Keywords: academia, Algeria, autoethnography, decoloniality, feminism, humour, Othering, stand-up comedy, stereotypes, the Self, Western/indigenous knowledge.


تناقش المقالة التالية إمكانات الكتابة اإلبداعية كشكل بديل للكتابة في األوساط األكاديمية. أؤكد أهمية هذا النوع من الكتابة إستنادا على تجربتي في كتابة نصوص كوميدية وإبداعية واقعية خالل إعداد رسالة الدكتوراه. متأثرة بشكل ً أساسي بالفكر النسوي والديكلونيالي، أحاول الكشف عن الطبيعة التحررية لمثل هذه األنواع من الكتابات الشخصية في ما قد يبدو وسطا أكاديميا جد صارم. لهذا تحمل المقالة بنية غير تقليدية إلى حد ما، حيث ينتقل النقاش بين تجربتي وتحليل أعمال أدبية ونظريات ذات الصلة فيما قد يبدو أسلوًبا شخصًيا في الكتابة. أقوم بتأسيس حجتي في استعمال هذا المنظور في كشف الحقيقة من وجهة نظر اآلخر، في الثراء اللغوي والثقافي الذي تقدمه لنا القصص، والخطابات األسلوبية المتنوعة التي تجلبها مثل هذه األشكال اإلبداعية للكتابة في الخطاب األكاديمي الصارم الذي اعتدنا عليه. هذا النوع من الكتابات يبرز التنوع اللغوي يمنح مجال للرواية المضادة والمستنكرة لحاالت القوة االستعمارية التي نواجهها. تخلق الكوميديا االرتجالية على وجه الخصوص مساحة للنقد الصادق الذي يطور أي ًضا من سرد الرواية المضادة. هذه األشكال اإلبداعية من الكتابات ليست مجرد توثيق للسيرة الذاتية، ولكن يمكنها أن تكون منظورا غنًيا لتقديم التحليل النقدي ً والثقافي واللغوي للروايات المعقدة.

الكلمات المفتاحية: األكاديميا ، الجزائر ، علم الكتابة الذاتية ، إزالة االستعمار )الديكلونيالي(، النسوية ، الفكاهة ، اآلخر ، كوميديا االرتجالية ، الصور النمطية ، الذات ، المعرفة الغربية / األصلية.

Translanguaging as Decolonial Pedagogy: Investigating its efficacy in the teaching of a trans-Atlantic Julius Caesar


In a multilingual country like South Africa, institutions of higher education are characterised by predominantly monolingual practices which perpetuate colonial objectives of linguistic monopoly and cultural assimilation. As a South African from an historically advantaged background, I believe that it is imperative to find, and implement, pedagogies to subvert such colonial trajectories. This article discusses my case study of the efficacy of translanguaging as decolonial pedagogy. The investigation incorporated linguistic ethnographical methodologies and was conducted during the teaching of a trans-Atlantic Julius Caesar with students from the University of the Witwatersrand in South Africa and the University of Texas in the United States of America. It required the students to interpret any aspect of the play through their own linguistic and cultural lenses using video media. The study found that translanguaging failed to subvert colonial ideas about language and power, but succeeded in subverting the exclusive use of English, as well as aspects of cultural assimilation. Based on these findings, I concluded that while translanguaging is insufficient on its own as decolonial pedagogy, it is valuable for raising students’ awareness of linguistic and cultural plurality. To further the decolonial process, I proposed that translanguaging be followed by pedagogies of “(un)learning” – to use Laininen’s (2019) term – that encourage students to reflect on their own language practices and the views embedded therein, to interrogate the origins and validity of such views, and to empower them to provide their own linguistic and cultural interpretations of texts.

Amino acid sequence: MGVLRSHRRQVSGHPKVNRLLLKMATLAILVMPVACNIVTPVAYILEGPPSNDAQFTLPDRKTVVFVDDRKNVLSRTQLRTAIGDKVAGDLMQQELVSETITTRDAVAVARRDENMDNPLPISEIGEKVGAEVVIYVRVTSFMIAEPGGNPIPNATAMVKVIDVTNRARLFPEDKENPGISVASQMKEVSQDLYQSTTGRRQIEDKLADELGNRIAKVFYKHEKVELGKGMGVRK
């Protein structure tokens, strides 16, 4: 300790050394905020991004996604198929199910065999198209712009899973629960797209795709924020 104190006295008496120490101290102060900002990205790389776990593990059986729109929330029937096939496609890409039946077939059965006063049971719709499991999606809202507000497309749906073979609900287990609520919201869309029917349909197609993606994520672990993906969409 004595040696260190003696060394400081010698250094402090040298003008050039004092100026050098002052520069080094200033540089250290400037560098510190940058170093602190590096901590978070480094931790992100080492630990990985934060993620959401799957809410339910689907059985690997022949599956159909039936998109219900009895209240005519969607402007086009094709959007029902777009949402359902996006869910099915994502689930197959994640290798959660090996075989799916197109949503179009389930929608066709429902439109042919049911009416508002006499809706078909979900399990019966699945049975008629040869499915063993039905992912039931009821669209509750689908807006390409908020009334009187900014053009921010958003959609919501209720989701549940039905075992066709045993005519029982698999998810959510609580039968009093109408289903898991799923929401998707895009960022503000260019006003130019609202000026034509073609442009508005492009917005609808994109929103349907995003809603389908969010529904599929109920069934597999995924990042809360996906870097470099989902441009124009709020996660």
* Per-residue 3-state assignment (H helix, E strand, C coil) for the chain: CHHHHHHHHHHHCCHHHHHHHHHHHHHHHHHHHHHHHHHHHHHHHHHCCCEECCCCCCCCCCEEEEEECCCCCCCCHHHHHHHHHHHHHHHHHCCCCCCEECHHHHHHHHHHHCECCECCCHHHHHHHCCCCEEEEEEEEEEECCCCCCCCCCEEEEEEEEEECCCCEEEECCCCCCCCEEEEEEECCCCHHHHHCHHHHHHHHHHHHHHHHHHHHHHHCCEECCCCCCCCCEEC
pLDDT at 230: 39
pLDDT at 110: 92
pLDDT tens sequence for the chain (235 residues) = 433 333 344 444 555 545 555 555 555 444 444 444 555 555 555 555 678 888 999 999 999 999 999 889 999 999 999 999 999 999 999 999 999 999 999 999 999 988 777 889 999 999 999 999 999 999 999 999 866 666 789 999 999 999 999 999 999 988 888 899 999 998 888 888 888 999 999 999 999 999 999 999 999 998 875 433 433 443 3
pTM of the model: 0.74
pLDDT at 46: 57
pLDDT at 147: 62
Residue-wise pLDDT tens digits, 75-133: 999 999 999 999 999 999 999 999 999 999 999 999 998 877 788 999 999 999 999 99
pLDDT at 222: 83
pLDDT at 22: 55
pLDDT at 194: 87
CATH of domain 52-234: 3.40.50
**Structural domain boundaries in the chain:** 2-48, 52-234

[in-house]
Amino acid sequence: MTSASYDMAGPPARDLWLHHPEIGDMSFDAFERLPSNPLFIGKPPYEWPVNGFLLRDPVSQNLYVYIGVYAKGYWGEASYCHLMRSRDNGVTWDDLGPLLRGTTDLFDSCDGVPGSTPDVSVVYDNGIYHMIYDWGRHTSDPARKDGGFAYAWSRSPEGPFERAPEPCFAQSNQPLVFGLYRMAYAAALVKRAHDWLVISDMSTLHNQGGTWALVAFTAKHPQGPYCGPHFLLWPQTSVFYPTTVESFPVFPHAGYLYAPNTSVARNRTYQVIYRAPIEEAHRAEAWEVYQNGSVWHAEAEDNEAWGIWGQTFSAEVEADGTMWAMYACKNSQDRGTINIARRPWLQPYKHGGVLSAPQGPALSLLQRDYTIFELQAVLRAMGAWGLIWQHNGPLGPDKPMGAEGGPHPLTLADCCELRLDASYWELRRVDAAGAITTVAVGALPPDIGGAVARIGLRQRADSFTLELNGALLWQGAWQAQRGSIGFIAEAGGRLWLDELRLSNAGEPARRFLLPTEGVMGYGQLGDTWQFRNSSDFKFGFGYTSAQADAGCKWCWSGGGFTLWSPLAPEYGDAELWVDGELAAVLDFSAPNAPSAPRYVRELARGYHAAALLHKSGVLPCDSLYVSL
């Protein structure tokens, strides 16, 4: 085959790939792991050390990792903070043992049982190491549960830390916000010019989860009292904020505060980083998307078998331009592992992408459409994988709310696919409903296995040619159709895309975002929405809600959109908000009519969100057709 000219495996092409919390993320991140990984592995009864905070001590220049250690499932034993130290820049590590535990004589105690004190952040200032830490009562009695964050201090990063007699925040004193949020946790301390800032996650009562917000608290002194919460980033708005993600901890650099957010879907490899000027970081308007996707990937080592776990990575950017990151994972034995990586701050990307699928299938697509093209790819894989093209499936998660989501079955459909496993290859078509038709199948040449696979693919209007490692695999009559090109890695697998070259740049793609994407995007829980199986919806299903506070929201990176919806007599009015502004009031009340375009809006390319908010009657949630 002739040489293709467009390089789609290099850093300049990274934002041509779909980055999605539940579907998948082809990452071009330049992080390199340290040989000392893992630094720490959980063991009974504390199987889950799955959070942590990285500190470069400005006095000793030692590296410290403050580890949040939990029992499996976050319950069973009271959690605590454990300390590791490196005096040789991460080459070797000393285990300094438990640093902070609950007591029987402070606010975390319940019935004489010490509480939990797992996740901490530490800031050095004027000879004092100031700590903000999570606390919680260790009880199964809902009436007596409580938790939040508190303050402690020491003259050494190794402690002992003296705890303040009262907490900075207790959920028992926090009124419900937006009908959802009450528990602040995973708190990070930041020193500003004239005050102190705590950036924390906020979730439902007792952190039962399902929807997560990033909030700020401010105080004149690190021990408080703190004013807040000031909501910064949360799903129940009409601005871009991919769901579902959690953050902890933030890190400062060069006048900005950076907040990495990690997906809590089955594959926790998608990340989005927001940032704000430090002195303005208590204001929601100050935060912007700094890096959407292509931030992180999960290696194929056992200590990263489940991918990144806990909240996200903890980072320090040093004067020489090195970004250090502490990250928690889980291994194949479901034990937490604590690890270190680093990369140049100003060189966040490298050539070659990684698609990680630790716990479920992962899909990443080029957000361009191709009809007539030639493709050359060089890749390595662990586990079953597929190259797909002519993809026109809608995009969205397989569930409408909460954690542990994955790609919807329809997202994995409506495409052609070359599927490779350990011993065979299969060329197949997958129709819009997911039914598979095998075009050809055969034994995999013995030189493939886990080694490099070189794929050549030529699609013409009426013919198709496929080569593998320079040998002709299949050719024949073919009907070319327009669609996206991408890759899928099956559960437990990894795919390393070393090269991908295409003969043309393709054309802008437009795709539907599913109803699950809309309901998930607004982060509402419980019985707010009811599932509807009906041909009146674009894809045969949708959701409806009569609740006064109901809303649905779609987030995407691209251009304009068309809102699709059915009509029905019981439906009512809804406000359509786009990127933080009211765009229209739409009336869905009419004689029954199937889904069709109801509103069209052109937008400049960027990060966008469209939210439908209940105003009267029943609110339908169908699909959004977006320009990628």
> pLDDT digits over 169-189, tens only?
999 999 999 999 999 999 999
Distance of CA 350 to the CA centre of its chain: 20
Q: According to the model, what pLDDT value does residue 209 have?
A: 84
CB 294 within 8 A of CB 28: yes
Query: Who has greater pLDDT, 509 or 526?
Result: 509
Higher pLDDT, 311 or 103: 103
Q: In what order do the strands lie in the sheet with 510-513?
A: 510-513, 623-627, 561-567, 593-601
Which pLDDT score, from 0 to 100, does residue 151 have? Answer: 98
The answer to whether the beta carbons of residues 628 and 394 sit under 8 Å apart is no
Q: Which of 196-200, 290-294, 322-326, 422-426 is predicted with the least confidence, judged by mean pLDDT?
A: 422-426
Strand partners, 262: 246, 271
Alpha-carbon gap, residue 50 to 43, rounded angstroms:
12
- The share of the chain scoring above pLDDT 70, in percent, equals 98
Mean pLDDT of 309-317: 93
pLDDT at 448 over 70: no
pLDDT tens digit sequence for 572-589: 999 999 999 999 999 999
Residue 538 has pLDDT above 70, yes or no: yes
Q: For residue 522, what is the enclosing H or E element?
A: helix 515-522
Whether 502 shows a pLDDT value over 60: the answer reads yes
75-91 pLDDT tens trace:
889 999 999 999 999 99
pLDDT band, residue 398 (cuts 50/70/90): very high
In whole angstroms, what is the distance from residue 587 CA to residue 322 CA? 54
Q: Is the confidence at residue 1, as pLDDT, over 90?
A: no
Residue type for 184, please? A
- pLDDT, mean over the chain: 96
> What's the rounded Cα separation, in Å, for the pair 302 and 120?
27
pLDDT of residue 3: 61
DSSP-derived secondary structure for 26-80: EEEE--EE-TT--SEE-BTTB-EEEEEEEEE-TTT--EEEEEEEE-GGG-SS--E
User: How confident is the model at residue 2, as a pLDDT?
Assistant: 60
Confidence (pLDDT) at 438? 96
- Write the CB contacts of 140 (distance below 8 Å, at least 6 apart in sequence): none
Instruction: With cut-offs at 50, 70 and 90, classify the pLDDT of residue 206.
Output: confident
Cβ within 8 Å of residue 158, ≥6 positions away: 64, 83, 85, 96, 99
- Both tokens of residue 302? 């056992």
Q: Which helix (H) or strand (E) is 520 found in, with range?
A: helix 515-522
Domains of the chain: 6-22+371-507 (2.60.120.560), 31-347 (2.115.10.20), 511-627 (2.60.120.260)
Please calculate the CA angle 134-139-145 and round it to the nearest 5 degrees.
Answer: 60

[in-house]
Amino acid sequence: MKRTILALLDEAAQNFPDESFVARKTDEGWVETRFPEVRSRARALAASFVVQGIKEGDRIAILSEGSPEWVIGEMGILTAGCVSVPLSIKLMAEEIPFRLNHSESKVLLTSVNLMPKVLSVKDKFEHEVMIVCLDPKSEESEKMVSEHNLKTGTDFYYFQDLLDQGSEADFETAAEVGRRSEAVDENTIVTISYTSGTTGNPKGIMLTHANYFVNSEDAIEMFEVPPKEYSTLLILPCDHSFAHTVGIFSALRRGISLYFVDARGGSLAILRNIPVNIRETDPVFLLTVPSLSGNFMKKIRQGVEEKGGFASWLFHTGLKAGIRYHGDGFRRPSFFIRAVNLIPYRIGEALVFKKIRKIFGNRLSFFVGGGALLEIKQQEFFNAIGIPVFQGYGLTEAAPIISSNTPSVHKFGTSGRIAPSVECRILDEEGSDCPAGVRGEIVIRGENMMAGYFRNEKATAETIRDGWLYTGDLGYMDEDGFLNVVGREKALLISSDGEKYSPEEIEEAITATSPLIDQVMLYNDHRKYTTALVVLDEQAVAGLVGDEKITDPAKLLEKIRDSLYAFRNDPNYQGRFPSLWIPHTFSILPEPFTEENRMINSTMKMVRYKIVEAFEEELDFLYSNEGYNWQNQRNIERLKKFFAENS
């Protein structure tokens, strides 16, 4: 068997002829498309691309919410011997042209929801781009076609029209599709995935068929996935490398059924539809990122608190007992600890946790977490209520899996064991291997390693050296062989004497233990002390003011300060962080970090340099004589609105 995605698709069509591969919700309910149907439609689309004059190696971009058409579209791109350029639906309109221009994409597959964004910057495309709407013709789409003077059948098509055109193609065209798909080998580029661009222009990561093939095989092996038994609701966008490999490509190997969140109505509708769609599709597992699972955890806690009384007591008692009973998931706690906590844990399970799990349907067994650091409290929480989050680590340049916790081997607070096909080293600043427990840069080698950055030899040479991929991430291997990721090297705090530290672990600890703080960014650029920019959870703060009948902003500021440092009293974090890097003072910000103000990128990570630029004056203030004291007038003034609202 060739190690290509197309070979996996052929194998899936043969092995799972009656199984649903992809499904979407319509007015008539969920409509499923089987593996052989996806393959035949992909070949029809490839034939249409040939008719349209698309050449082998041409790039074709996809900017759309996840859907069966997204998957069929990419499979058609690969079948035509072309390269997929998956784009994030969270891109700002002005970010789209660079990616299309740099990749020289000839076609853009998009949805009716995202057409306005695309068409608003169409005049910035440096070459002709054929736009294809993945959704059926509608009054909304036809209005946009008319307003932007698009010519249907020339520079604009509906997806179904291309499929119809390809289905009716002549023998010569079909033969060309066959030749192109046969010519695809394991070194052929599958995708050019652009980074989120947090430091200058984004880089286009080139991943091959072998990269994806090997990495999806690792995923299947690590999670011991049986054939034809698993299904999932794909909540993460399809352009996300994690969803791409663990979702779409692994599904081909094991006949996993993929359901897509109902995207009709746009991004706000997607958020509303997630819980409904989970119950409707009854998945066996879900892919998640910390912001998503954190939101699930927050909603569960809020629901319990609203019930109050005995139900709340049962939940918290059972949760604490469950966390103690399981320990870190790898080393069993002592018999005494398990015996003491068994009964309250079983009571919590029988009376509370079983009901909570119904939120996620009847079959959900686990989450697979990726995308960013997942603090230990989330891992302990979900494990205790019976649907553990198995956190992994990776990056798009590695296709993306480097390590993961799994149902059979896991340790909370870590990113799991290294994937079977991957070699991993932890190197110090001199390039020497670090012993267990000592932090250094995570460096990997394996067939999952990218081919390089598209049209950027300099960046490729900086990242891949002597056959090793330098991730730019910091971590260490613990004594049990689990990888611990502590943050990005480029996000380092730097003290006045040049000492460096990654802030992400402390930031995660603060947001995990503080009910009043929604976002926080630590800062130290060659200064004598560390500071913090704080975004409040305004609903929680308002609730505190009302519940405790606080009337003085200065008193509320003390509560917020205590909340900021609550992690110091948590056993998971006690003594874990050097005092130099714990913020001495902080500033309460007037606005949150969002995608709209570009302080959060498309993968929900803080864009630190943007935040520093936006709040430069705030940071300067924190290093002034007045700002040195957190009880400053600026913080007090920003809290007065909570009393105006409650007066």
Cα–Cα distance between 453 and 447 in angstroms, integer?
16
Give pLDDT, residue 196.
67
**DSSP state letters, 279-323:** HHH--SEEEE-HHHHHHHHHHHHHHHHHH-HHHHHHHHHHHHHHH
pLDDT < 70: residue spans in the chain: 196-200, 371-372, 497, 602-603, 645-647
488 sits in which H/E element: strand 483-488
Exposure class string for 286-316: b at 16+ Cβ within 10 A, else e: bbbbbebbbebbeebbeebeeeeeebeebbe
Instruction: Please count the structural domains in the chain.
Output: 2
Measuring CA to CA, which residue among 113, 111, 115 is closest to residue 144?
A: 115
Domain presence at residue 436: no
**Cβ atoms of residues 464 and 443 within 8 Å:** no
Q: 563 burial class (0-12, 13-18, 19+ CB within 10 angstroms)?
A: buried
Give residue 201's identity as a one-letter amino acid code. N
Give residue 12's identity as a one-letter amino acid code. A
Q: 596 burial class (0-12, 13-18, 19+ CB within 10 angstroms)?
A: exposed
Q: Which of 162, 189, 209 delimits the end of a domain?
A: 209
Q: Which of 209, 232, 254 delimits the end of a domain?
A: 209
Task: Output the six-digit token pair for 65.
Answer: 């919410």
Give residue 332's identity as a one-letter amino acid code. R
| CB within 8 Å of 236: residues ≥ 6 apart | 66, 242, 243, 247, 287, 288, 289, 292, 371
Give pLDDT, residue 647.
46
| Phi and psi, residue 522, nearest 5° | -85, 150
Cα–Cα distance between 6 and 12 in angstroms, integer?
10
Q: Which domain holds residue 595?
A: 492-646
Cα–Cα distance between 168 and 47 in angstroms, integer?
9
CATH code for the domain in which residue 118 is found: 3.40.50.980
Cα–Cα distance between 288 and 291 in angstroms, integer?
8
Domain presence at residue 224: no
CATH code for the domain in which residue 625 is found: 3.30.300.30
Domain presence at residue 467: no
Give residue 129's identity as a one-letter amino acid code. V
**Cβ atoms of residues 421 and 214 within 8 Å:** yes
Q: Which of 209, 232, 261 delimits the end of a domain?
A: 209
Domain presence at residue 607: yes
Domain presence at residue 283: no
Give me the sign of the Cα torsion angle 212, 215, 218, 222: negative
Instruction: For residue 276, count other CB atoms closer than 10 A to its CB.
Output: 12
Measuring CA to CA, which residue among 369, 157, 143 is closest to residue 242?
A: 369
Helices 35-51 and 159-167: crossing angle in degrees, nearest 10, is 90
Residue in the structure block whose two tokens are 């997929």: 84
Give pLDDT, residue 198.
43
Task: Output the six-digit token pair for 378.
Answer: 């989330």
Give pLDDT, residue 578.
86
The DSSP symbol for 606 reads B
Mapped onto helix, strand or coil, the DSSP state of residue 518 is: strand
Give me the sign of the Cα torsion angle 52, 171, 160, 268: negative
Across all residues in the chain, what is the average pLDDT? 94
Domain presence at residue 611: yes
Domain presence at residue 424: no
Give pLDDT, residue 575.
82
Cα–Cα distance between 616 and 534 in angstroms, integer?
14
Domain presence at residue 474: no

Keywords: translanguaging, decolonial pedagogy, South Africa, Shakespeare, higher education, unlearning.

Isizulu ukuhumusha

Izindawo zemfundo ephakeme eNingizimu Afrika, zibukwa njengezithuthukisa ulimi olulodwa olugqugquzela izindlela nemfundo yabokufika abangabacindezeli, nendlela yabo yokuphila. ENingizimu Afrika entsha kubalulekile ukwethula izindlela zokufunda ezizovikela ziqede indlela yokufundisa ngolimi olungelona olwasekhaya. Kumbiko otholakele olanda ucubungulo ngabafundi befunda ngoShakespeare’s Julius Ceaser abafundi beNyuvesi yaseWitwatersrand eNingizimu Afrika kanye neNyuvesi yaseTexas e-Amelika.Locwaningo luveza ukuthi abafundi kundingeka ukuthi bahumushe izigaba zomdlalo ngolimi lwabo kanye nendlela yekuphila besebenzisa nomkhakha wokubonwayo (video media). Ucwaningo luthole ukuthi ukusetshenziswa kolimi lokuhunyushwa aluphumelelanga ukuphebeza nokugudluza imibono namandla ngolimi lwabacindezeli kodwa konke lokhu kuphumelelise ukudlondlobala ngolimi lwesiNgisi nenqubo nenqubo yezokuphila kwabo. Ucwaningo lukhuthaza ukundiswa kwezilimi ezinye nendlela yokufundisa “(un)unlearning” (Laininen, 2019) lokhu kukhuthaza abafundi ekubukeni ulimi lwabo nezindlela olusetshenziswa ngayo nokubapha amandlato ekuhumusheni kwalo ulimi nokuqukethwe yilo.